May 5, 2009
Mary L. Shapiro, SEC Chairman
Dear Ms Shapiro,
I am an individual investor. My wife and I make our living on my ability to make sense of a complex investment climate.
I am writing in support of reinstatement of Rule 10a-1. That rule was in place and working for roughly 69 years. While I do not know the motivation behind removing it, since its removal, well, we are all familiar with the precipitous fall of so many issues.
I realize that a fair amount of testing was done prior to removal of the Rule I believe however that the market and rules governing its movements are a patchwork of regulations which have evolved over more than a hundred years. Consequences of seemingly insignificant rule changes, I believe, will become harder to predict as our investment tools become automated and complex.
First, even if the rule seems relatively ineffective, reinstatement of that rule will instill confidence in many who now question weather the market is free of manipulation. I believe that alone is good reason to put back what has worked for so many years.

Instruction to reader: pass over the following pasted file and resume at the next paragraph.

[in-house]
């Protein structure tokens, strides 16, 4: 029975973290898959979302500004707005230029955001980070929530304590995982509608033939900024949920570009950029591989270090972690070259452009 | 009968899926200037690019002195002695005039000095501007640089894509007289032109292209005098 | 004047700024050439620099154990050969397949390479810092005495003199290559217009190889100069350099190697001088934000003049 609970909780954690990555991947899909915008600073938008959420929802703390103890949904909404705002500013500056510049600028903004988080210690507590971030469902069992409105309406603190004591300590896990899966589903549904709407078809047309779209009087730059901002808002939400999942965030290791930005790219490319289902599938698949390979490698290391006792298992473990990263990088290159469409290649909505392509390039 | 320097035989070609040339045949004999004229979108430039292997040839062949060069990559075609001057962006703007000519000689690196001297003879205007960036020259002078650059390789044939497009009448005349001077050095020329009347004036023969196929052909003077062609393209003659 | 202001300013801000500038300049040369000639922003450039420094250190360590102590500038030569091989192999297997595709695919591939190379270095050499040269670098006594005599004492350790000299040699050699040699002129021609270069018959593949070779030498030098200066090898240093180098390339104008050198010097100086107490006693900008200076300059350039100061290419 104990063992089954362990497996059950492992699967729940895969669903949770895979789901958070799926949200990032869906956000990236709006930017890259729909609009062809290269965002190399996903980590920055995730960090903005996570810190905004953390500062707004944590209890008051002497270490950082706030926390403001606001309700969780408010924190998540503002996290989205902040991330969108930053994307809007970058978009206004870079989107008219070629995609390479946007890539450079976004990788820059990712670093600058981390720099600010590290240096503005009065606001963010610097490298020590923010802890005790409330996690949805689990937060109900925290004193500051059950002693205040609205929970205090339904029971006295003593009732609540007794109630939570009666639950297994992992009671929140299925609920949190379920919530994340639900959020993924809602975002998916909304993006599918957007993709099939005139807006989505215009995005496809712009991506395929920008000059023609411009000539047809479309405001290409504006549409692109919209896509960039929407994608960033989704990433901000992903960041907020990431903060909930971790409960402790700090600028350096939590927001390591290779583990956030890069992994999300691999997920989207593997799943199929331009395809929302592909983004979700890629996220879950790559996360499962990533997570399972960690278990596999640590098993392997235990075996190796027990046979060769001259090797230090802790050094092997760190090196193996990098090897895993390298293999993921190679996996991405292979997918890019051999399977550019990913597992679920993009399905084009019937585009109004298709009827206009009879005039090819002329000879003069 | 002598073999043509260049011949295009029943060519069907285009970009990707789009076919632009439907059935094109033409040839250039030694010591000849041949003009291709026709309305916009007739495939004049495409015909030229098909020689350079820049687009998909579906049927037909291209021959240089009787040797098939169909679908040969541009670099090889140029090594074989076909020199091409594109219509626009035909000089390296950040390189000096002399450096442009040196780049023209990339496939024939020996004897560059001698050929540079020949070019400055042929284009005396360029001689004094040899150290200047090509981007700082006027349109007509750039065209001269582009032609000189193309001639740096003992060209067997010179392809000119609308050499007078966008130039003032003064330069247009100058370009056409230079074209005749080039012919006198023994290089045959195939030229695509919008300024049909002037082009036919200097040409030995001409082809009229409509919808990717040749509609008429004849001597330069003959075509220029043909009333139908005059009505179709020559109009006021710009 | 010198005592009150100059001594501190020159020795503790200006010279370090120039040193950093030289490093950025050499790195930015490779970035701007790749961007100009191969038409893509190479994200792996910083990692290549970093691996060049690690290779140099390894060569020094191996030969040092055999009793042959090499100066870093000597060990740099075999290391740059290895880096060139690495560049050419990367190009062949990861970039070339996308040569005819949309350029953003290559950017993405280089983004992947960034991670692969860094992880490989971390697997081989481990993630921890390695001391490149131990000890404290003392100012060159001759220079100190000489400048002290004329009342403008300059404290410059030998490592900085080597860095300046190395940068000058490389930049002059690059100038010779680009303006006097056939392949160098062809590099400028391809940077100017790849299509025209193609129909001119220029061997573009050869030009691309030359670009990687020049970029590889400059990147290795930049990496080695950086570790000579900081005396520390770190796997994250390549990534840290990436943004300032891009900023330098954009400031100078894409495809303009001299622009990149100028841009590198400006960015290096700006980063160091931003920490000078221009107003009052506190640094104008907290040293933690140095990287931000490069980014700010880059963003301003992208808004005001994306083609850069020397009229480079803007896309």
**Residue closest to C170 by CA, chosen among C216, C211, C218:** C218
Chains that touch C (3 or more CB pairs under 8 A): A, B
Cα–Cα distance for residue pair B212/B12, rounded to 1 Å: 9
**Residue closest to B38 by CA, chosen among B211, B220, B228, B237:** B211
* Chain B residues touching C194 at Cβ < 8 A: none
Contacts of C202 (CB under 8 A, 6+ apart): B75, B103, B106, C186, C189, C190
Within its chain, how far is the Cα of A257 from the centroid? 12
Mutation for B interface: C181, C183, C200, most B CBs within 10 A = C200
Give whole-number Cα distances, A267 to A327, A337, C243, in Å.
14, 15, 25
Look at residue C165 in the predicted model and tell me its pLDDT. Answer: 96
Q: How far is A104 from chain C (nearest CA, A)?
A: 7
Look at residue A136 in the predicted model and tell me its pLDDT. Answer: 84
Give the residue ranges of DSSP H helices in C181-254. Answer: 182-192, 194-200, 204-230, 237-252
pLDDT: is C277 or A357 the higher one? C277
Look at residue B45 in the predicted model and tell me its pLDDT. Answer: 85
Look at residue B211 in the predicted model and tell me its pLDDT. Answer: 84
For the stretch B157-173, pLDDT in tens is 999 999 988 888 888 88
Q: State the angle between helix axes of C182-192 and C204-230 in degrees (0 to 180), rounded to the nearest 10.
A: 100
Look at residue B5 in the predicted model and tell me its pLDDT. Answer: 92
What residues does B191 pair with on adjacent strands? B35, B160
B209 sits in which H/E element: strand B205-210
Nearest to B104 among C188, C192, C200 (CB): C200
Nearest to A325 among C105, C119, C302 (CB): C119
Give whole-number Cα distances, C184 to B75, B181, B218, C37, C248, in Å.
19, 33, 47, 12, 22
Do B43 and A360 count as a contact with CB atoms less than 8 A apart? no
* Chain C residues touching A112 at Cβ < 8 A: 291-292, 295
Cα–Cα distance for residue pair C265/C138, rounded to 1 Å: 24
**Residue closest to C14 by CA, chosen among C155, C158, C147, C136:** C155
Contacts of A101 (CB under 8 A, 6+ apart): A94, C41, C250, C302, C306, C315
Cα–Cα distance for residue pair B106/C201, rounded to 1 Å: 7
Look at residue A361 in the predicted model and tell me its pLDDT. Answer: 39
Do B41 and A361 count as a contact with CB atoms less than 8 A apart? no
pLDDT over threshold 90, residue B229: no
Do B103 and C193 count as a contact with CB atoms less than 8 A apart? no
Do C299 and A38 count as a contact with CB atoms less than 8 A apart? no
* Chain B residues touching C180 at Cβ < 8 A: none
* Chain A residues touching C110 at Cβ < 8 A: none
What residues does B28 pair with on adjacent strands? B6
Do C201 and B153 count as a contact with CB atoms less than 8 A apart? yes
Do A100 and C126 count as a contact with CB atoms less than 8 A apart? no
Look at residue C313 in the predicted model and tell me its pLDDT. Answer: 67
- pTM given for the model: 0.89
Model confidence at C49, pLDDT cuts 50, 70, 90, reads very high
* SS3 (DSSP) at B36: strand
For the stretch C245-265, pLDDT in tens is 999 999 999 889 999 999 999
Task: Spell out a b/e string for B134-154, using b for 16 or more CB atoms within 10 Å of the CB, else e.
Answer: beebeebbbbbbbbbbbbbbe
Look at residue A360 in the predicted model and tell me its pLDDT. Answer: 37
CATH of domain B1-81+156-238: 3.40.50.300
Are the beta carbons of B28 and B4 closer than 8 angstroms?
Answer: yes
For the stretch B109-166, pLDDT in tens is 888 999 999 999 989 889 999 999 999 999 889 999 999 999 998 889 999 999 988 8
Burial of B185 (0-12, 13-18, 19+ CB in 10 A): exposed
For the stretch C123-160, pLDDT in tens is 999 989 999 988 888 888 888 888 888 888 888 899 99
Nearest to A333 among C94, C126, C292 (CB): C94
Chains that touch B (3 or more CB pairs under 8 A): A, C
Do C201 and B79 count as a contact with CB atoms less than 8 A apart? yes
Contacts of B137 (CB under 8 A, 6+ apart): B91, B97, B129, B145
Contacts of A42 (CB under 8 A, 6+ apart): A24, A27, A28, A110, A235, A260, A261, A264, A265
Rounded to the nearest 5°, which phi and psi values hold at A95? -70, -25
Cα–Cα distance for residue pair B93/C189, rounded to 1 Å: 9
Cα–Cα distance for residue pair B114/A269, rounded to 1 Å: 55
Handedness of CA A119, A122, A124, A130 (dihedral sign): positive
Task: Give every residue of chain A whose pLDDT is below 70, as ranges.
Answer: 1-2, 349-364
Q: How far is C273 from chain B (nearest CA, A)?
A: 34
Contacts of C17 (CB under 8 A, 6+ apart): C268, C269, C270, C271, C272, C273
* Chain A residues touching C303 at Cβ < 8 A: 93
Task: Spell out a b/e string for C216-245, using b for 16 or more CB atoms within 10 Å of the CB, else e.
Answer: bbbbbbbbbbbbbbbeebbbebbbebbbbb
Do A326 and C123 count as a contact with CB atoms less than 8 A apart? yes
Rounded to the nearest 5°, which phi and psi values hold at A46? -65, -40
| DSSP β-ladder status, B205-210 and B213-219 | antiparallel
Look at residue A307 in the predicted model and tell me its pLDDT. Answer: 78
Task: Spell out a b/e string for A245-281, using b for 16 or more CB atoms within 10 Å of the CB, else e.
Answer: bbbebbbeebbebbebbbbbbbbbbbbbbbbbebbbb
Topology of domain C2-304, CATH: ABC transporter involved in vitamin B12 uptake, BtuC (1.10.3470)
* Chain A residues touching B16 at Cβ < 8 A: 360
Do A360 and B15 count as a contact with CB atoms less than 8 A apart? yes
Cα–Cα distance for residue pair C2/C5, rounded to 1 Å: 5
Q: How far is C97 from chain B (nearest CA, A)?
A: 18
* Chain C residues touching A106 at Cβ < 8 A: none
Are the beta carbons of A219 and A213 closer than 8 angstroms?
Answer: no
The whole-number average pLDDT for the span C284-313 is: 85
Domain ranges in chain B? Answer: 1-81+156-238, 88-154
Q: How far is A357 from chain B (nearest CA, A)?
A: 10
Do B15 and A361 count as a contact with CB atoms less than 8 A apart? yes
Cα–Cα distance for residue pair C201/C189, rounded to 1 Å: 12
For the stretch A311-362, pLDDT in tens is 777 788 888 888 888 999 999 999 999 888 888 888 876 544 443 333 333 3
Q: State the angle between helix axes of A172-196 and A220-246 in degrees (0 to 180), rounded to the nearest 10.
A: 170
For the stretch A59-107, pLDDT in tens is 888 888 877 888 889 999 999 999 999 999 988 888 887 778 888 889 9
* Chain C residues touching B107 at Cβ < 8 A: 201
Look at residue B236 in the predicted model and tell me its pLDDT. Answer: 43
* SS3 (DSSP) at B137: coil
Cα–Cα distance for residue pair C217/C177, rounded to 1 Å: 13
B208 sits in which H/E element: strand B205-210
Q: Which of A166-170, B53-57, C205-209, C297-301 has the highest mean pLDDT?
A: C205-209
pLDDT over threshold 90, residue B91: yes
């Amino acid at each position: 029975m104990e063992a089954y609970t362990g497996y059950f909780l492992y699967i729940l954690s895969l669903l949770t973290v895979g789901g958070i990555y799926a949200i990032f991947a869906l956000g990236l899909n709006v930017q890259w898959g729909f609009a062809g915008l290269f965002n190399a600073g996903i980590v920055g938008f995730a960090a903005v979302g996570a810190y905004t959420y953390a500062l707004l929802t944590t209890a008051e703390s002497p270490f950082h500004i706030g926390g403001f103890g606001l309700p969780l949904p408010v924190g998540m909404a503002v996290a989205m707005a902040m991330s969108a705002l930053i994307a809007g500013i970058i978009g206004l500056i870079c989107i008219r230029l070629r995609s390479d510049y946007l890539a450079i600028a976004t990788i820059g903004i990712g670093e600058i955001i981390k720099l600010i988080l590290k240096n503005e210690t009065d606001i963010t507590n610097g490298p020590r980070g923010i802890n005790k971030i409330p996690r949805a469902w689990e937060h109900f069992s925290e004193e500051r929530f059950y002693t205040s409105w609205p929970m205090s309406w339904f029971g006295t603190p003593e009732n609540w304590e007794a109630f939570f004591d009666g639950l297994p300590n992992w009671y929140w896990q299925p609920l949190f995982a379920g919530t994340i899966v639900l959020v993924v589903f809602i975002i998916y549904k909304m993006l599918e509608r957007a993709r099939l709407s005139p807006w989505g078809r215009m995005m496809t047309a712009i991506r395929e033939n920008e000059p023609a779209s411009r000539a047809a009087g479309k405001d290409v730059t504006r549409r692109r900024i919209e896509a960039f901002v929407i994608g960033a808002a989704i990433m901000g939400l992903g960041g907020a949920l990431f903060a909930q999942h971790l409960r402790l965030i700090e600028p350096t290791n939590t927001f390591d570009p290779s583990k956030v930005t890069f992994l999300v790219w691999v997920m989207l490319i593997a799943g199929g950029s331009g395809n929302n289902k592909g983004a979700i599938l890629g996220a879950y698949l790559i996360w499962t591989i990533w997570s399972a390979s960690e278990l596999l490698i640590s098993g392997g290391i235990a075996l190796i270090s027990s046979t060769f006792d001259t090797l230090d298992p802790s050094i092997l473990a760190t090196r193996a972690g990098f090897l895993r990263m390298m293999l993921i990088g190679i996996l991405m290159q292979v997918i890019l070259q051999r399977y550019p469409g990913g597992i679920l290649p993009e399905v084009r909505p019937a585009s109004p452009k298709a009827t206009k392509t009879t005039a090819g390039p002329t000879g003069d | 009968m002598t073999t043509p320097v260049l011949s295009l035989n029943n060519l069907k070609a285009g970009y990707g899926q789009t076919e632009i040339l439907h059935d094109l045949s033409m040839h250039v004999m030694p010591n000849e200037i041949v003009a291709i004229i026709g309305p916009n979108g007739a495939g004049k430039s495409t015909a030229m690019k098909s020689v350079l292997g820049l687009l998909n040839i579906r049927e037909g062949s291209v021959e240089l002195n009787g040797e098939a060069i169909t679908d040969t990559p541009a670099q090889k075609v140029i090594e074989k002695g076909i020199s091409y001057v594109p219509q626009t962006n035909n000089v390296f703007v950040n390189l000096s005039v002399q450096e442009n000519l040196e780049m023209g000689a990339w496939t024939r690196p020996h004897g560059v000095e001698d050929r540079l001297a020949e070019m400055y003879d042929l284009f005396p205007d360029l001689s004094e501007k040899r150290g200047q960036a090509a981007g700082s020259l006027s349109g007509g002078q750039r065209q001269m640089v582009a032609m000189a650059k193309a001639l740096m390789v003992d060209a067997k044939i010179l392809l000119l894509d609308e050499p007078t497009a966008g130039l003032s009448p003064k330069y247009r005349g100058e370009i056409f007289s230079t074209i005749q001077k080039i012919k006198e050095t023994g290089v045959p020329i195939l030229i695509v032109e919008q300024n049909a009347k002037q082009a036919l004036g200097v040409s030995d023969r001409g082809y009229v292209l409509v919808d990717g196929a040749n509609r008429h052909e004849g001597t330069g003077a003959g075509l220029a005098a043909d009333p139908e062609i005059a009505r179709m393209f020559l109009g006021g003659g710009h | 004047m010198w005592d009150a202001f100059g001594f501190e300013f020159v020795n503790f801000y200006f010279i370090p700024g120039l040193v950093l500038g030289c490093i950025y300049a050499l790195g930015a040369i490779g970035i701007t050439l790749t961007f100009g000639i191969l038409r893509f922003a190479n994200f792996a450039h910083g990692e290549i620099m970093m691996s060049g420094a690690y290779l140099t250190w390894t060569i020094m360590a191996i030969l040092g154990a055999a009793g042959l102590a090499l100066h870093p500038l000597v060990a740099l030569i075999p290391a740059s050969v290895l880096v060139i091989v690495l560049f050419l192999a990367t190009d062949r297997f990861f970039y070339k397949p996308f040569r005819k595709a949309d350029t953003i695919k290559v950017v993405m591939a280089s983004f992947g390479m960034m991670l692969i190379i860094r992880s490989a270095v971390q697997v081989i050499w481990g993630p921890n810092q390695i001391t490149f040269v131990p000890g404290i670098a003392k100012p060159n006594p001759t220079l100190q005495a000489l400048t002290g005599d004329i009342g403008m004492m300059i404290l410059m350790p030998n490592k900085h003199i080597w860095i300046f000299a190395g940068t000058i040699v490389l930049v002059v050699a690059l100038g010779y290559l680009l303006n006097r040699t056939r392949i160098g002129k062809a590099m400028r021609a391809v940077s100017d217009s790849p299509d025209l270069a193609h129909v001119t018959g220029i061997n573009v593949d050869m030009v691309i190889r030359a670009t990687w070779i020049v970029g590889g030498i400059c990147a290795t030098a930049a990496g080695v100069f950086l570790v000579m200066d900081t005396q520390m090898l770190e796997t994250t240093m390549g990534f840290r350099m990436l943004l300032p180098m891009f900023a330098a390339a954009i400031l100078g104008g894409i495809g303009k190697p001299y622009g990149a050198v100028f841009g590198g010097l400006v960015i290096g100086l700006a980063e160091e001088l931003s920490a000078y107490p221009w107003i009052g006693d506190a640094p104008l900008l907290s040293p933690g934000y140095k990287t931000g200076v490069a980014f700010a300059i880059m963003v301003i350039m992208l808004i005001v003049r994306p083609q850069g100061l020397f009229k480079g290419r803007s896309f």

Second, electronic executions and the ability to automate the coordination between many parties may lead to "bear raids" that would be difficult to detect and properly regulate. Furthermore manipulative behavior may be nearly impossible to trace, after the fact. Many of us, as individuals, worry that those with the financial and technical resources to create sophisticated tools will place the market at large at a disadvantage.
Lastly, I believe that anything short of a market-wide approach will simply lead to an attempt to "clean up the mess" after the damage has been done. Circuit breakers simply allow manipulation to occur until the breaker trips. This allows the sophisticated short player to make his money moving a large position prior to the circuit breaker kicking in.
I don't believe that the elimination of Rule 10a-1 was the cause of our recession but that combined with massive credit default swaps without the capital to back them up, strict interpretation of FASB 157, too many individuals with too much debt and a host of other issues have put us in jeopardy.
Reinstatement of rule 10a-1 will get one piece of this complex puzzle into its proper place.
Terry A. Walters